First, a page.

It isn’t that often that I agree with the anonymous editorials in the NZ Herald. But this morning’s editorial was completely accurate about Maurice Williamson’s reported comments after the census…
Pronouncements like, for example, that of Statistics Minister Maurice Williamson, who declared the first Census data in seven years contained a surprise “bigger than Ben Hur”.
The finding that so enraptured the minister was that New Zealand’s population growth had halved since the last Census. The population had increased by 31,000 a year, or 0.75 per cent, over the past seven years, compared to 58,000 a year in the previous 2001-2006 period. This, trumpeted Mr Williamson, should prompt a revision of Auckland’s infrastructure plans, such as an increase in high-rise apartments and the construction of an inner-city rail loop.
Ah yes. As the anonymous author at the NZ Herald pointed out, there are a few minor mathematical issues with Williamson’s “analysis”…
The growth rate is, indeed, surprisingly slow. But what that means for Auckland must be subject to a couple of important caveats. First, the data so far released – annoyingly, the Census findings are being drip-fed – does not reveal the extent of Auckland’s long-term growth.This, as the Auckland Council’s chief planning officer, Roger Blakeley, noted, has historically been much more rapid than for other regions. This is not expected to change. Auckland has and will receive more migrants, and has a more youthful population than the rest of the country and, therefore, a higher fertility rate.
A second proviso arises from the fact that the number of people leaving the country reached record highs during the past seven years. Already, this has started to decline as the Australian economy encounters headwinds. It is highly unlikely the emigration rate will continue to match that of the past seven years.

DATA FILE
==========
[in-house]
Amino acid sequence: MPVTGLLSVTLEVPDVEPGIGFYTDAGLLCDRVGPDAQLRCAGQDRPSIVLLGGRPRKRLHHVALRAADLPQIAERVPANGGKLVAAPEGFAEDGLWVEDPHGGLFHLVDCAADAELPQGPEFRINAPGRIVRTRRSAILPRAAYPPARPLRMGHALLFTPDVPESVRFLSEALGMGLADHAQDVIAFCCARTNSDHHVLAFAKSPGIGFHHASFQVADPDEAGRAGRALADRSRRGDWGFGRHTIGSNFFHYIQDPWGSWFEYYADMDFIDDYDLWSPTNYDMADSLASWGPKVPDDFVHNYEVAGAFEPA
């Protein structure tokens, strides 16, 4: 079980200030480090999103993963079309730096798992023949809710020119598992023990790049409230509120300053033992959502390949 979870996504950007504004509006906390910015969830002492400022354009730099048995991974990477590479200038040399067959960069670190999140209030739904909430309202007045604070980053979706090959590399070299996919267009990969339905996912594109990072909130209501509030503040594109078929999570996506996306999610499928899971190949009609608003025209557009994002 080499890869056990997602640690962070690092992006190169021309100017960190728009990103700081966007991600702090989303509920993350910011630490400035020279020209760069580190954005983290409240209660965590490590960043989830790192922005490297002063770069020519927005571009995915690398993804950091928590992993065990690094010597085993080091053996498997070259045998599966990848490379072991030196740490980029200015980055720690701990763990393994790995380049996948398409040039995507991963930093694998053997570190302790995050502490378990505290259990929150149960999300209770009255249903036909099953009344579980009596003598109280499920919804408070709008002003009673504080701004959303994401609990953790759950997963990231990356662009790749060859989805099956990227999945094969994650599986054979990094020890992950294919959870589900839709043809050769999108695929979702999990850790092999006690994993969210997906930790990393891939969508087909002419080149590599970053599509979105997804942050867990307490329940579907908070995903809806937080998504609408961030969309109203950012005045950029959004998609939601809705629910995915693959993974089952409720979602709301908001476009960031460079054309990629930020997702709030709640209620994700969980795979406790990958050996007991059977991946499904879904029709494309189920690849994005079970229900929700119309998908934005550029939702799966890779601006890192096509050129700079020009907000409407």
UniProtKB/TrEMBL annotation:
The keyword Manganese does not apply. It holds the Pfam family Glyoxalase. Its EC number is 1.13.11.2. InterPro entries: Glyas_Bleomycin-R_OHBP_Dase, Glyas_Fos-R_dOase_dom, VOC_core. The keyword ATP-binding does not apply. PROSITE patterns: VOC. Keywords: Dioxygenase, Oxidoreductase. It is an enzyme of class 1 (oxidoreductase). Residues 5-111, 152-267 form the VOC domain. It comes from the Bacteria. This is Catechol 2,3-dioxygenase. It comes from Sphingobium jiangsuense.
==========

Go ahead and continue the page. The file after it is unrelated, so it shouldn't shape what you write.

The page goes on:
This doesn’t mean no notice should be taken of the Census data. The council’s planning for the next 30 years, as outlined in its Unitary Plan, is based on the prediction that the number of Auckland residents will grow by one million, or 2.2 per cent a year.
Leaving aside the second point – that National who campaigned in the 2008 election as being the party would stop many of our best and brightest disappearing. Obviously these days they’d prefer for forget that election promise, as instead they have presided amongst the fastest emigration in our history as people escaped the like of Williamson and Key’s inability to govern…. Yes – another post really needs to be written.
The first point is the important one. The trickle feed of stats doesn’t show regional differences yet. However you can see it in the maps for the electoral boundaries that are fed from the census. Since Maurice Williamson is an MP, you’d have expected that he’d have taken some interest in his own job’s geographical basis. But it appears that he hasn’t bothered to read the statistics NZ page about changes in voting populations in electorate since the last census. Now this isn’t the full populations (I only looked at the general roll and it excludes children and other non-eligible voters), but does give an idea of where the population is growing.
The following maps from the overview PDF show where the population increases have made geographical electorate seats overflow relative to the rest of NZ. There is a wee trend that perhaps even the hapless Mr Williamson may be able to detect. It is called Auckland is where most of the urban population growth is going to…
Bearing in mind that these electorate seats were roughly the same population size in 2007, it is pretty clear that almost all of the major urban growth has been in Auckland urban and semi-rural electorates and to a lesser extent in the dairy growth areas. If you look at the spreadsheet it becomes even more apparent – the second column is the percentage increase and I’ve tagged the type of electorate in the third.
In the top 10 growing electorates, Auckland has 7 of them. 3 are in the rural fringe of lifestyle blocks. 4 in the dominently urban areas. Auckland Central had a nearly 22% increase in voters in an already built up and congested zone.
|East Coast Bays||11.5||Auckland|
|Bay of Plenty||10.9||Rural|